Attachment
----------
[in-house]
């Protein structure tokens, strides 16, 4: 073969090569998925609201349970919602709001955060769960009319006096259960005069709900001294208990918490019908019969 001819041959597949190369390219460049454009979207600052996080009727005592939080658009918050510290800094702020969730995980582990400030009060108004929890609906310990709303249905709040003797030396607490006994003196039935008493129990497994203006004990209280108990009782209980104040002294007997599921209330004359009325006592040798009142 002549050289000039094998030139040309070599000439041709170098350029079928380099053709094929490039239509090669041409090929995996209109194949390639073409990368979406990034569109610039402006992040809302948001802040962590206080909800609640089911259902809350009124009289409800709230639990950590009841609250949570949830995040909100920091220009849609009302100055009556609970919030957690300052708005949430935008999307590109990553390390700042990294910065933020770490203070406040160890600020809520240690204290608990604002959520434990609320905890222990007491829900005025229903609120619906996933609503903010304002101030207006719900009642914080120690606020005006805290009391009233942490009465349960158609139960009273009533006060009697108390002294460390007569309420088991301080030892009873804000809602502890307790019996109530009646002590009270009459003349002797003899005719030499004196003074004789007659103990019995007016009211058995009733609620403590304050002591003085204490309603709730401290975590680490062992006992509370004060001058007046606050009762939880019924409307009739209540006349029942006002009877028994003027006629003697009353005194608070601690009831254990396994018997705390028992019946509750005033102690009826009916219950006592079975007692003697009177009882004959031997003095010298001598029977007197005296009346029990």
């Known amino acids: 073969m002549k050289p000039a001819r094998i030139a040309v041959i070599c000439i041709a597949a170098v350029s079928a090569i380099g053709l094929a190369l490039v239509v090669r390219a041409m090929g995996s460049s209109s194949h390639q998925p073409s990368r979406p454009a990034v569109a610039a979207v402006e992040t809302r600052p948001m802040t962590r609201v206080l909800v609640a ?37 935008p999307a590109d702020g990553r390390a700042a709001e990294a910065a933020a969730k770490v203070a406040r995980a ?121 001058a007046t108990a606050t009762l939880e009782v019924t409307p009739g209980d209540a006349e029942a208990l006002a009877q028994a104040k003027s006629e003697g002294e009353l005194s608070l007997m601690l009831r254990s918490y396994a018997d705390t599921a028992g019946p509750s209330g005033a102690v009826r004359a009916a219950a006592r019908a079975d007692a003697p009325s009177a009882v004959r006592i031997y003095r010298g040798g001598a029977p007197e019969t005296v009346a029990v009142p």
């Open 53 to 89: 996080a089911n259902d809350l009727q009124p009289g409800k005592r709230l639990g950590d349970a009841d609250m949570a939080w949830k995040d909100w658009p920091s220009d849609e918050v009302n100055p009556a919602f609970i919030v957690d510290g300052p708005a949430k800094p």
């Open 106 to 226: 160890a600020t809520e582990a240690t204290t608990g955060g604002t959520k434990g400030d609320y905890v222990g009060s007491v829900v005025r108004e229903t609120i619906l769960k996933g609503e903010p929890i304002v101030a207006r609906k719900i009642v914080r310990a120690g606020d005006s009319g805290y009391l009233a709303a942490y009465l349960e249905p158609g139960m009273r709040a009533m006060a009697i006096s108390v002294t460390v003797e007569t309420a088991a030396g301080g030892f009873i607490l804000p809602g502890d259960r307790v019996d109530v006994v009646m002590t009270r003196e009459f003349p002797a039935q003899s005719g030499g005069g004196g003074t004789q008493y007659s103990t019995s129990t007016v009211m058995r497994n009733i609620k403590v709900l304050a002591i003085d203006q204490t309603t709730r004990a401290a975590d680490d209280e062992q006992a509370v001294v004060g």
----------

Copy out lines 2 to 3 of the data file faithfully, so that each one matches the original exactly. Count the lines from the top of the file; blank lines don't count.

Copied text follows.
């Protein structure tokens, strides 16, 4: 073969090569998925609201349970919602709001955060769960009319006096259960005069709900001294208990918490019908019969 001819041959597949190369390219460049454009979207600052996080009727005592939080658009918050510290800094702020969730995980582990400030009060108004929890609906310990709303249905709040003797030396607490006994003196039935008493129990497994203006004990209280108990009782209980104040002294007997599921209330004359009325006592040798009142 002549050289000039094998030139040309070599000439041709170098350029079928380099053709094929490039239509090669041409090929995996209109194949390639073409990368979406990034569109610039402006992040809302948001802040962590206080909800609640089911259902809350009124009289409800709230639990950590009841609250949570949830995040909100920091220009849609009302100055009556609970919030957690300052708005949430935008999307590109990553390390700042990294910065933020770490203070406040160890600020809520240690204290608990604002959520434990609320905890222990007491829900005025229903609120619906996933609503903010304002101030207006719900009642914080120690606020005006805290009391009233942490009465349960158609139960009273009533006060009697108390002294460390007569309420088991301080030892009873804000809602502890307790019996109530009646002590009270009459003349002797003899005719030499004196003074004789007659103990019995007016009211058995009733609620403590304050002591003085204490309603709730401290975590680490062992006992509370004060001058007046606050009762939880019924409307009739209540006349029942006002009877028994003027006629003697009353005194608070601690009831254990396994018997705390028992019946509750005033102690009826009916219950006592079975007692003697009177009882004959031997003095010298001598029977007197005296009346029990």
């Known amino acids: 073969m002549k050289p000039a001819r094998i030139a040309v041959i070599c000439i041709a597949a170098v350029s079928a090569i380099g053709l094929a190369l490039v239509v090669r390219a041409m090929g995996s460049s209109s194949h390639q998925p073409s990368r979406p454009a990034v569109a610039a979207v402006e992040t809302r600052p948001m802040t962590r609201v206080l909800v609640a ?37 935008p999307a590109d702020g990553r390390a700042a709001e990294a910065a933020a969730k770490v203070a406040r995980a ?121 001058a007046t108990a606050t009762l939880e009782v019924t409307p009739g209980d209540a006349e029942a208990l006002a009877q028994a104040k003027s006629e003697g002294e009353l005194s608070l007997m601690l009831r254990s918490y396994a018997d705390t599921a028992g019946p509750s209330g005033a102690v009826r004359a009916a219950a006592r019908a079975d007692a003697p009325s009177a009882v004959r006592i031997y003095r010298g040798g001598a029977p007197e019969t005296v009346a029990v009142p």